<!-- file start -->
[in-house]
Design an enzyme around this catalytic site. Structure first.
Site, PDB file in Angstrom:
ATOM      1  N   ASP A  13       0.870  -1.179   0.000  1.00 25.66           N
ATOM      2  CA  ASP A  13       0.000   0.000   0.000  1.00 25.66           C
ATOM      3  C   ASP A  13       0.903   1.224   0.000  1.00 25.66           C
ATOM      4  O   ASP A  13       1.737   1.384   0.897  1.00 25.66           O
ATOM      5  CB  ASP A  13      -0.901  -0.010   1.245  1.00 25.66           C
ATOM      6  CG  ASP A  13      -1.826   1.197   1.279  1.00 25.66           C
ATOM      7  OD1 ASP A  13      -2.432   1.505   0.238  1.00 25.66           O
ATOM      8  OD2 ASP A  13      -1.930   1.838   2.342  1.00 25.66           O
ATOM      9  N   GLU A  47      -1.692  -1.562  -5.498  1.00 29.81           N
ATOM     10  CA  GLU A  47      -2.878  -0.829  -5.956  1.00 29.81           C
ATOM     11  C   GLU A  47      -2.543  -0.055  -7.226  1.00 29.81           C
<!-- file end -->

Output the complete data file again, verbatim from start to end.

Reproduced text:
[in-house]
Design an enzyme around this catalytic site. Structure first.
Site, PDB file in Angstrom:
ATOM      1  N   ASP A  13       0.870  -1.179   0.000  1.00 25.66           N
ATOM      2  CA  ASP A  13       0.000   0.000   0.000  1.00 25.66           C
ATOM      3  C   ASP A  13       0.903   1.224   0.000  1.00 25.66           C
ATOM      4  O   ASP A  13       1.737   1.384   0.897  1.00 25.66           O
ATOM      5  CB  ASP A  13      -0.901  -0.010   1.245  1.00 25.66           C
ATOM      6  CG  ASP A  13      -1.826   1.197   1.279  1.00 25.66           C
ATOM      7  OD1 ASP A  13      -2.432   1.505   0.238  1.00 25.66           O
ATOM      8  OD2 ASP A  13      -1.930   1.838   2.342  1.00 25.66           O
ATOM      9  N   GLU A  47      -1.692  -1.562  -5.498  1.00 29.81           N
ATOM     10  CA  GLU A  47      -2.878  -0.829  -5.956  1.00 29.81           C
ATOM     11  C   GLU A  47      -2.543  -0.055  -7.226  1.00 29.81           C